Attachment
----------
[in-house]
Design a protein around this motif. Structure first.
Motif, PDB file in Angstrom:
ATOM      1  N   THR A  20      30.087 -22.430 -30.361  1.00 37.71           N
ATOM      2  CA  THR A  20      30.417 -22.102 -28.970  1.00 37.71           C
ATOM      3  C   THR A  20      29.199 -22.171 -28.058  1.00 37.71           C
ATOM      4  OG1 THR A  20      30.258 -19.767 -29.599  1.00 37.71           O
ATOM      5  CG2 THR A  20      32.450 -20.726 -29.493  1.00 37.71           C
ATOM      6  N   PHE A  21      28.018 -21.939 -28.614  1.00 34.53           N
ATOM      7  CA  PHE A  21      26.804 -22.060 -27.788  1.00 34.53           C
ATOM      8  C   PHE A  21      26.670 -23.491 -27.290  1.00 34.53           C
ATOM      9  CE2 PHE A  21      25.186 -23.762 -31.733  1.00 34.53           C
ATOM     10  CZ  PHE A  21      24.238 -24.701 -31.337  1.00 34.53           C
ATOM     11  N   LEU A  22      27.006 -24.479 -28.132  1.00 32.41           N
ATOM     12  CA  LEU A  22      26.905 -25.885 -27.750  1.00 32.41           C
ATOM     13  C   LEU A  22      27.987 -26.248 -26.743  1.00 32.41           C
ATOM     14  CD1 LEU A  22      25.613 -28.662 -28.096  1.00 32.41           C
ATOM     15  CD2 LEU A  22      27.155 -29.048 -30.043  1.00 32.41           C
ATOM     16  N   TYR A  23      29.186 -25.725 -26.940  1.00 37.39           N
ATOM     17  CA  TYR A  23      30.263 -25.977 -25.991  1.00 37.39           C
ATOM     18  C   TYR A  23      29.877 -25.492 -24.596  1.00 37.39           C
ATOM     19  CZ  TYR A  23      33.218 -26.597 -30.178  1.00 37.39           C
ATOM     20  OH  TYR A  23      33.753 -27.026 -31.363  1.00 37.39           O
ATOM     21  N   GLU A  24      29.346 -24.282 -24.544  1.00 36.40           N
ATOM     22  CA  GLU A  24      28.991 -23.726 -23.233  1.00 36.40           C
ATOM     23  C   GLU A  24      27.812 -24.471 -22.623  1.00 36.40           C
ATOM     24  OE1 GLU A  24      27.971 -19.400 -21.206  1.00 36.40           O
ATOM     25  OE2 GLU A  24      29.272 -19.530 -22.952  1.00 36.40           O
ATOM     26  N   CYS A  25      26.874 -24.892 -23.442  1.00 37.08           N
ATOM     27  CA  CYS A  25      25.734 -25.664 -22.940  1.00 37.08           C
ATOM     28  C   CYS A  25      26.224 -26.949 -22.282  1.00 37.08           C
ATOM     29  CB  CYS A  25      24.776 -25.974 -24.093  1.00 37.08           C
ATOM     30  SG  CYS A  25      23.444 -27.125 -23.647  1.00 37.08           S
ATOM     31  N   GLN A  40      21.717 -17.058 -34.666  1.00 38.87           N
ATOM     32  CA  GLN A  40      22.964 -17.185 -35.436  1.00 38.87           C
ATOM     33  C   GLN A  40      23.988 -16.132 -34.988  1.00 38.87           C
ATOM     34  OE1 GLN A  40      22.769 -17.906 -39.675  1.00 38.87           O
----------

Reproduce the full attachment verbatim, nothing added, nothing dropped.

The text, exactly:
[in-house]
Design a protein around this motif. Structure first.
Motif, PDB file in Angstrom:
ATOM      1  N   THR A  20      30.087 -22.430 -30.361  1.00 37.71           N
ATOM      2  CA  THR A  20      30.417 -22.102 -28.970  1.00 37.71           C
ATOM      3  C   THR A  20      29.199 -22.171 -28.058  1.00 37.71           C
ATOM      4  OG1 THR A  20      30.258 -19.767 -29.599  1.00 37.71           O
ATOM      5  CG2 THR A  20      32.450 -20.726 -29.493  1.00 37.71           C
ATOM      6  N   PHE A  21      28.018 -21.939 -28.614  1.00 34.53           N
ATOM      7  CA  PHE A  21      26.804 -22.060 -27.788  1.00 34.53           C
ATOM      8  C   PHE A  21      26.670 -23.491 -27.290  1.00 34.53           C
ATOM      9  CE2 PHE A  21      25.186 -23.762 -31.733  1.00 34.53           C
ATOM     10  CZ  PHE A  21      24.238 -24.701 -31.337  1.00 34.53           C
ATOM     11  N   LEU A  22      27.006 -24.479 -28.132  1.00 32.41           N
ATOM     12  CA  LEU A  22      26.905 -25.885 -27.750  1.00 32.41           C
ATOM     13  C   LEU A  22      27.987 -26.248 -26.743  1.00 32.41           C
ATOM     14  CD1 LEU A  22      25.613 -28.662 -28.096  1.00 32.41           C
ATOM     15  CD2 LEU A  22      27.155 -29.048 -30.043  1.00 32.41           C
ATOM     16  N   TYR A  23      29.186 -25.725 -26.940  1.00 37.39           N
ATOM     17  CA  TYR A  23      30.263 -25.977 -25.991  1.00 37.39           C
ATOM     18  C   TYR A  23      29.877 -25.492 -24.596  1.00 37.39           C
ATOM     19  CZ  TYR A  23      33.218 -26.597 -30.178  1.00 37.39           C
ATOM     20  OH  TYR A  23      33.753 -27.026 -31.363  1.00 37.39           O
ATOM     21  N   GLU A  24      29.346 -24.282 -24.544  1.00 36.40           N
ATOM     22  CA  GLU A  24      28.991 -23.726 -23.233  1.00 36.40           C
ATOM     23  C   GLU A  24      27.812 -24.471 -22.623  1.00 36.40           C
ATOM     24  OE1 GLU A  24      27.971 -19.400 -21.206  1.00 36.40           O
ATOM     25  OE2 GLU A  24      29.272 -19.530 -22.952  1.00 36.40           O
ATOM     26  N   CYS A  25      26.874 -24.892 -23.442  1.00 37.08           N
ATOM     27  CA  CYS A  25      25.734 -25.664 -22.940  1.00 37.08           C
ATOM     28  C   CYS A  25      26.224 -26.949 -22.282  1.00 37.08           C
ATOM     29  CB  CYS A  25      24.776 -25.974 -24.093  1.00 37.08           C
ATOM     30  SG  CYS A  25      23.444 -27.125 -23.647  1.00 37.08           S
ATOM     31  N   GLN A  40      21.717 -17.058 -34.666  1.00 38.87           N
ATOM     32  CA  GLN A  40      22.964 -17.185 -35.436  1.00 38.87           C
ATOM     33  C   GLN A  40      23.988 -16.132 -34.988  1.00 38.87           C
ATOM     34  OE1 GLN A  40      22.769 -17.906 -39.675  1.00 38.87           O